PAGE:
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The seventh cholera pandemic, which began in 1961, is the longest-lasting pandemic in history. It originated with a new strain of the cholera bacterium, known as El Tor, which was first identified in Egypt in 1897. This strain has since spread globally, causing outbreaks in over 50 countries.

Cholera is a highly contagious disease that spreads mainly through contaminated water and food. Its symptoms include severe diarrhea and dehydration. Climate change has worsened the situation by creating conditions that allow cholera to thrive and spread to new areas, especially where water sanitation is poor.

Currently, there are outbreaks of cholera in 24 countries, resulting in an estimated 1.3 million to 4 million cases and 21,000 to 143,000 deaths annually. Sadly, young children are often the most affected by this deadly disease.

History of cholera

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Over the past two centuries, humanity has witnessed seven cholera pandemics, each leaving a mark on history. It all began with the inaugural pandemic striking India in 1817. Fast forward to today, the seventh pandemic, which commenced in 1961, persists globally, as confirmed by the World Health Organization’s update in March 2022. Amid these worldwide outbreaks, numerous localized epidemics have occurred, notably in South America during the early 1990s and in Yemen from 2016 to 2021.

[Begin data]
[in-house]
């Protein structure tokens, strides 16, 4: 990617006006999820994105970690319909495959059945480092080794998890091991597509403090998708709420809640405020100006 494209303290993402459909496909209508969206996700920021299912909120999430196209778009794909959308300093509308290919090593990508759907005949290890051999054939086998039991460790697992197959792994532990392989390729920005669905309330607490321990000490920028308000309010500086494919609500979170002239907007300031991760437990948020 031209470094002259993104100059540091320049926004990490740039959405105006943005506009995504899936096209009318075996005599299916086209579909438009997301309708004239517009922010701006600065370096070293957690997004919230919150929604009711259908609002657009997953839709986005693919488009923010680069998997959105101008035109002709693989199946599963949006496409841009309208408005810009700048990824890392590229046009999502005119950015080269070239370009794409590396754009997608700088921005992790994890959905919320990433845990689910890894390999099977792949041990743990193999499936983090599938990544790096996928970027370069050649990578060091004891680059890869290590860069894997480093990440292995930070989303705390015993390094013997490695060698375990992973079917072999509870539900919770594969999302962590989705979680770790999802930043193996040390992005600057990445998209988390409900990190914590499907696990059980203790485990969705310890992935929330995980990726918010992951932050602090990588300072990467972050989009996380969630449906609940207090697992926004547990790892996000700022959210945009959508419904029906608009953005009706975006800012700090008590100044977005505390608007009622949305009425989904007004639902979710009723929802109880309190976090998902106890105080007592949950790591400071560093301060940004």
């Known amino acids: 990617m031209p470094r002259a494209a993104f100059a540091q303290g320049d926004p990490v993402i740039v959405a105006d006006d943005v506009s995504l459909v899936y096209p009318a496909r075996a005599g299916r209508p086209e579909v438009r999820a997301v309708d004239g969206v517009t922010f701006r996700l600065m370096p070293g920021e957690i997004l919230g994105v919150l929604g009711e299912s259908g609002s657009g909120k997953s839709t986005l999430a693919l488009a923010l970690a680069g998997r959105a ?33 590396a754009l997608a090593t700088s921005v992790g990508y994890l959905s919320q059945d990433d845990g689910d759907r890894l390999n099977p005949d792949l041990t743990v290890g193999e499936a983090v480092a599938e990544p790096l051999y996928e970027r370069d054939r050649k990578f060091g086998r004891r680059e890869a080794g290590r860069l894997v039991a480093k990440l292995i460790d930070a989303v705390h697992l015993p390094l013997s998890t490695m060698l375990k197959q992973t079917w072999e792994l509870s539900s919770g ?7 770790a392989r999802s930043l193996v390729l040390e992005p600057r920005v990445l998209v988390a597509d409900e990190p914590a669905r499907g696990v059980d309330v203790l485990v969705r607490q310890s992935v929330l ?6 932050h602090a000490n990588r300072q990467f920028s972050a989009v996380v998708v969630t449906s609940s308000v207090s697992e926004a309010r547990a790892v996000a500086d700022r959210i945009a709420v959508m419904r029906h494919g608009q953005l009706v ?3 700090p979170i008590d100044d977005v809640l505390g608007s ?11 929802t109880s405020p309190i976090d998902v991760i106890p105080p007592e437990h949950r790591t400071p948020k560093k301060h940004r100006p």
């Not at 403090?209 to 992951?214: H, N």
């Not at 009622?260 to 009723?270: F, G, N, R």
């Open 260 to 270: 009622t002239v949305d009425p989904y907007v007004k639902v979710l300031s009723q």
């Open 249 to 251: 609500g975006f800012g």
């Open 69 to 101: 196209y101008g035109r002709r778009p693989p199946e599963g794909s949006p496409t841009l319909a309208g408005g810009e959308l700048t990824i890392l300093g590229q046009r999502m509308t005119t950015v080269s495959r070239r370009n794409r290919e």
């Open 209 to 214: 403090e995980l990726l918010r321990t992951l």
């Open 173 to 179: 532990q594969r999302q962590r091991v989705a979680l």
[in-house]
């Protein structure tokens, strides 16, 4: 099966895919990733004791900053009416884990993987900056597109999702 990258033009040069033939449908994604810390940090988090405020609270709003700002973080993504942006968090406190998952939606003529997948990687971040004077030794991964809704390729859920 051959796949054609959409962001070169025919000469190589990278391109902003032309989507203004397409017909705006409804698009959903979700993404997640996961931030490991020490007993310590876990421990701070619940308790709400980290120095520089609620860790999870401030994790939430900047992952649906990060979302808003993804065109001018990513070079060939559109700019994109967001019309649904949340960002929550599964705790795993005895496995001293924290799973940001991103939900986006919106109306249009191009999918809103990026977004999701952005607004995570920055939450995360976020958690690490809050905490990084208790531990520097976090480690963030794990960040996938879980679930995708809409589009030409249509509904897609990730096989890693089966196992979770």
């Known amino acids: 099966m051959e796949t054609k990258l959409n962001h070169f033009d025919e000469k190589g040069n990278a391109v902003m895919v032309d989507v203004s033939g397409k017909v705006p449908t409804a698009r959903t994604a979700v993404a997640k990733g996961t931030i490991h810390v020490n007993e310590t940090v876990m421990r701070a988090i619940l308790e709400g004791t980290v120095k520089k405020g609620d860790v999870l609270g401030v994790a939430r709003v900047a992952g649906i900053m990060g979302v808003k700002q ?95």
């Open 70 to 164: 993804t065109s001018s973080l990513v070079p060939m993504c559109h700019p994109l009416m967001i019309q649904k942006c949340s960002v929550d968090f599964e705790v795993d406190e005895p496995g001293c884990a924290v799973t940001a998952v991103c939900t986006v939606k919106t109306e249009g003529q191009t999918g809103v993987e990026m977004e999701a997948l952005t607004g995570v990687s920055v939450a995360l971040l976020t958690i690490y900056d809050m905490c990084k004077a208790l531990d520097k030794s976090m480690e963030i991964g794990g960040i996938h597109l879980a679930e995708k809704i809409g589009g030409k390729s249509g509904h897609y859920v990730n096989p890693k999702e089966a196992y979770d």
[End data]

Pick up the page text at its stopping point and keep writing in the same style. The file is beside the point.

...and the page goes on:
Despite considerable understanding of cholera transmission mechanisms, mysteries persist regarding the factors influencing outbreaks’ occurrence. Poor sanitation practices contribute significantly to the disease’s spread, including untreated human waste and drinking water disposal. Moreover, bodies of water can serve as reservoirs for cholera bacteria, while transporting contaminated seafood across long distances adds to its transmission risks.

Cholera Signs and Symptoms

The onset of cholera symptoms can vary, appearing within hours to five days following infection. While some experience mild manifestations, others face severe consequences. Roughly one in twenty individuals infected endure intense watery diarrhea coupled with vomiting, swiftly resulting in dehydration. Even those with minimal or no symptoms can unwittingly aid in transmitting the infection. A vaccine for cholera exists, with the CDC and the World Health Organization outlining guidelines for its administration.

To safeguard yourself and your loved ones, it’s crucial to consume only water that has undergone boiling, chemical disinfection, or is sourced from bottled water. Ensure the use of bottled, boiled, or chemically disinfected water for the following purposes:

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